Paying for storm drainage isn't optional

Carson City residents should understand that a question expected to be on their November ballots is asking them how to raise their taxes, not whether to raise their taxes.

The issue is an eighth-cent sales-tax increase to fund much-needed improvements to the storm drainage system. Anyone who witnessed the flood of January 1997 knows it's a necessary investment for the city's protection.

Even at $1.2 million a year for the next 20 years, the project could end up being a bargain because of the damage a major flood can cause. It's an insurance plan the city can't do without.

The question, though, is how to pay for it. Originally, years of study by a committee showed the best means to be an increase in utility fees. Carson City property owners started paying those fees this year ($1.70 a month for residences), but that covers only about half the annual cost.

So the supervisors have proposed a sales-tax increase. It will spread out the costs to more people, including tourists. The utility fee, on the other hand, is applied directly to property owners, who benefit from the storm-drain system.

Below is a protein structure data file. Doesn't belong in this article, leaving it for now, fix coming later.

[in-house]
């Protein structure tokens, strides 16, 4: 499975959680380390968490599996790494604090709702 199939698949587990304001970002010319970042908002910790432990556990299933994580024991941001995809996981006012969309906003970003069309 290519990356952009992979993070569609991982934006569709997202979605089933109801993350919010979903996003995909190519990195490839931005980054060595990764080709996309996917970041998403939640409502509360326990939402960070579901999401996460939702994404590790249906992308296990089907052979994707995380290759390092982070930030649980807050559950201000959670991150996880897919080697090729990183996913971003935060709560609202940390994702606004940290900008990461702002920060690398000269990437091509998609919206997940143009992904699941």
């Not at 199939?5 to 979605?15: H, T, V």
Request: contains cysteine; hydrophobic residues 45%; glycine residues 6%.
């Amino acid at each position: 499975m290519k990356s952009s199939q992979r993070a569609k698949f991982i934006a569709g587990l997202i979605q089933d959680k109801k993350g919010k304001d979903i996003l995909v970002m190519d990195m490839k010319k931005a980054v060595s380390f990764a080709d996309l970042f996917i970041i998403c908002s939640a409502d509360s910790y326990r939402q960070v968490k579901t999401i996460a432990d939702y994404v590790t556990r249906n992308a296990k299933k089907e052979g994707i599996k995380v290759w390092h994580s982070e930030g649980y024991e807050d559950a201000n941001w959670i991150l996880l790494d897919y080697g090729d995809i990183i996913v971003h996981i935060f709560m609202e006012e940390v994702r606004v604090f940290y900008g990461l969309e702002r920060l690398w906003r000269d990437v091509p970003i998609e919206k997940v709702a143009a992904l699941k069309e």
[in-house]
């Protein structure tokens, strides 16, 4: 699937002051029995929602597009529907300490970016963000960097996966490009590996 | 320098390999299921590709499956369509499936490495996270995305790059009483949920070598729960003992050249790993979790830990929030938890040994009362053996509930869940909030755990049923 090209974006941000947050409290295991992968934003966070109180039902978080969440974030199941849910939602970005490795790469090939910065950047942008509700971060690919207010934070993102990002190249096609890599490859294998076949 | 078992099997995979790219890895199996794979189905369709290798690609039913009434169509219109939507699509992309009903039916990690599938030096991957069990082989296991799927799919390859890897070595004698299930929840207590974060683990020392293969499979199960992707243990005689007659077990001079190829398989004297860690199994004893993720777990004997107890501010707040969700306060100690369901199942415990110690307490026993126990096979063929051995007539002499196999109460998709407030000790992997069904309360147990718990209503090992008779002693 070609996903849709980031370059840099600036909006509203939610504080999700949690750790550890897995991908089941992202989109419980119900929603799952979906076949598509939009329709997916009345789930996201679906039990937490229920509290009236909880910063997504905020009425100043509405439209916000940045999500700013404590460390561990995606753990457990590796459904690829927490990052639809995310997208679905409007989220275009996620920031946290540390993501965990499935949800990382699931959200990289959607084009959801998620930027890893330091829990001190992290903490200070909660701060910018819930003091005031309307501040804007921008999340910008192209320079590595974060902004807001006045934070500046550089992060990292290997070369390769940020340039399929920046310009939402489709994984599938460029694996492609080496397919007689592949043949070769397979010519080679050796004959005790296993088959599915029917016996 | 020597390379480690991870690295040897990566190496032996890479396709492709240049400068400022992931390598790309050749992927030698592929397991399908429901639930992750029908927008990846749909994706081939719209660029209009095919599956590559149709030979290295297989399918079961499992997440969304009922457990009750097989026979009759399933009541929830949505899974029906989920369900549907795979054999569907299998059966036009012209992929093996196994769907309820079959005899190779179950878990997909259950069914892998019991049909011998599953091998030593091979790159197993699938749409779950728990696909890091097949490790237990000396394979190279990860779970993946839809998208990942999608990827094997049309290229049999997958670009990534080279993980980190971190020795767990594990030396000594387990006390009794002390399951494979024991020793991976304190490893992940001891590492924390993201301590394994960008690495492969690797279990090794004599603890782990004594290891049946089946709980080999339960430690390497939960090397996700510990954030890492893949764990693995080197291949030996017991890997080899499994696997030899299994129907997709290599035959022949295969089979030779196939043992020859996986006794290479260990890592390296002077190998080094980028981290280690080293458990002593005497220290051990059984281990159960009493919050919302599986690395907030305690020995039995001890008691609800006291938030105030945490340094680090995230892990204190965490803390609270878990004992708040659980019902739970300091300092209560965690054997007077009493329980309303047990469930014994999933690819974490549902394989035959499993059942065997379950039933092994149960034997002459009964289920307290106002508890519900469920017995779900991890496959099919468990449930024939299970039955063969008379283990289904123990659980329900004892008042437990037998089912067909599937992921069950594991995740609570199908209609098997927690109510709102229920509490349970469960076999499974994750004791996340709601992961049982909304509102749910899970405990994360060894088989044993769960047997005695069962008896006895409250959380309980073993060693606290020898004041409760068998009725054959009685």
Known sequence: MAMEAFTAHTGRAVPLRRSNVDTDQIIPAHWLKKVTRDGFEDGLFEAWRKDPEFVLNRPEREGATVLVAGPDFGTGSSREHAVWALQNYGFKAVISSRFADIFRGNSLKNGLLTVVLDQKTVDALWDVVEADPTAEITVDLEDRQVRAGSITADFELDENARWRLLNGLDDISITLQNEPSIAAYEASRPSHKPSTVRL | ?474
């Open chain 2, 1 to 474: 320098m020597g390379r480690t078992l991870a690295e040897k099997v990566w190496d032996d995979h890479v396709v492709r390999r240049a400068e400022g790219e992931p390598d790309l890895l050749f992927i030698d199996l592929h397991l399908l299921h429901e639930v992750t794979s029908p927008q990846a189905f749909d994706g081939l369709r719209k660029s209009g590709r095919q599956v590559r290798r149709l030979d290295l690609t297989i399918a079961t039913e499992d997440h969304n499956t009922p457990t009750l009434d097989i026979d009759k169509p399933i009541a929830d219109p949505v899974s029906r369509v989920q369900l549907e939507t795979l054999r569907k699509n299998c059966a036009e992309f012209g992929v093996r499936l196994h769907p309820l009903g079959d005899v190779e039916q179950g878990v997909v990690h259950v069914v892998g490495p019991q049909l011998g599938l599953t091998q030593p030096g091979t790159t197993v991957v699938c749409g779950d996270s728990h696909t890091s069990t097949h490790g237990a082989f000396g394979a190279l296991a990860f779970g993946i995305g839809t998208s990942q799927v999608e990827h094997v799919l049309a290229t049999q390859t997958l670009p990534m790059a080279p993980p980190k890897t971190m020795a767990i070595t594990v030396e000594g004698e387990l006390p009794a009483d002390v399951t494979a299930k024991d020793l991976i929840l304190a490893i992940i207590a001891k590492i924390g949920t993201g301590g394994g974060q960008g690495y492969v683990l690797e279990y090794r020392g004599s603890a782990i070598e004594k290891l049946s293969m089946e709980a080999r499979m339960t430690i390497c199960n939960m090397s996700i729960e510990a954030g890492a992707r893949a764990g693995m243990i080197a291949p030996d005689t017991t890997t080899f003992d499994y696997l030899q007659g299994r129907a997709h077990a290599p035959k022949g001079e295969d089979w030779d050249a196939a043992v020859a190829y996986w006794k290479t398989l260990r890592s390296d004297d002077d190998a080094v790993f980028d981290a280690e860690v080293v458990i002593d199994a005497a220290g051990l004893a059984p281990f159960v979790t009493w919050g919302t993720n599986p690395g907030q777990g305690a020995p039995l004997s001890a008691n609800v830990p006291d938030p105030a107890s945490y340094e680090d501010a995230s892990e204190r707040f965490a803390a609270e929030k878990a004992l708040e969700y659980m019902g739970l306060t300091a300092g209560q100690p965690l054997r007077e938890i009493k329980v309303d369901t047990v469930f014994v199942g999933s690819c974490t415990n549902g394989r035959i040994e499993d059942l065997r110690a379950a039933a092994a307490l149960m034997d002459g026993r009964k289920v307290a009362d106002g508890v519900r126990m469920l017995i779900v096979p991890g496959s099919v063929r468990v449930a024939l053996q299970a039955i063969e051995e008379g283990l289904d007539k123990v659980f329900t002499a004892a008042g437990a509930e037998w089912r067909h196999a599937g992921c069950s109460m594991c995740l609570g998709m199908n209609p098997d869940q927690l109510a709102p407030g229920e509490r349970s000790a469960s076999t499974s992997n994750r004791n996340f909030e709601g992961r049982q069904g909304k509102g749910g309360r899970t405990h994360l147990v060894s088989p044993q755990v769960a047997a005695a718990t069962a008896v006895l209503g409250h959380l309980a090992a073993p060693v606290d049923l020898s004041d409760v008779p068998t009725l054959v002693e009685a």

As it's drawn up now, the utility fees generate about $600,000 a year and the sales tax will produce about $1 million. That's roughly $400,000 a year more than needed.

The city's plan, as we understand it, is to drop the utility fees if the sales-tax increase goes through. If the sales tax doesn't win approval, then the utility fees would have to be increased again.

That's a classic Hobson's choice for taxpayers. They should have some assurances in the language of the ballot question that they won't end up paying both. There should also be a sunset date on the sales-tax increase in 20 years.

The decision for voters will be whether they want to pay for storm drains every time they make a purchase (12.5 cents on $100), or when they pay their water bills (about $3.40 a month for residences, more for businesses).

There are questions - fairness, effect on the business community, stability of sales tax as a revenue base - but raising enough money through taxes or fees to pay for the project isn't one of them.


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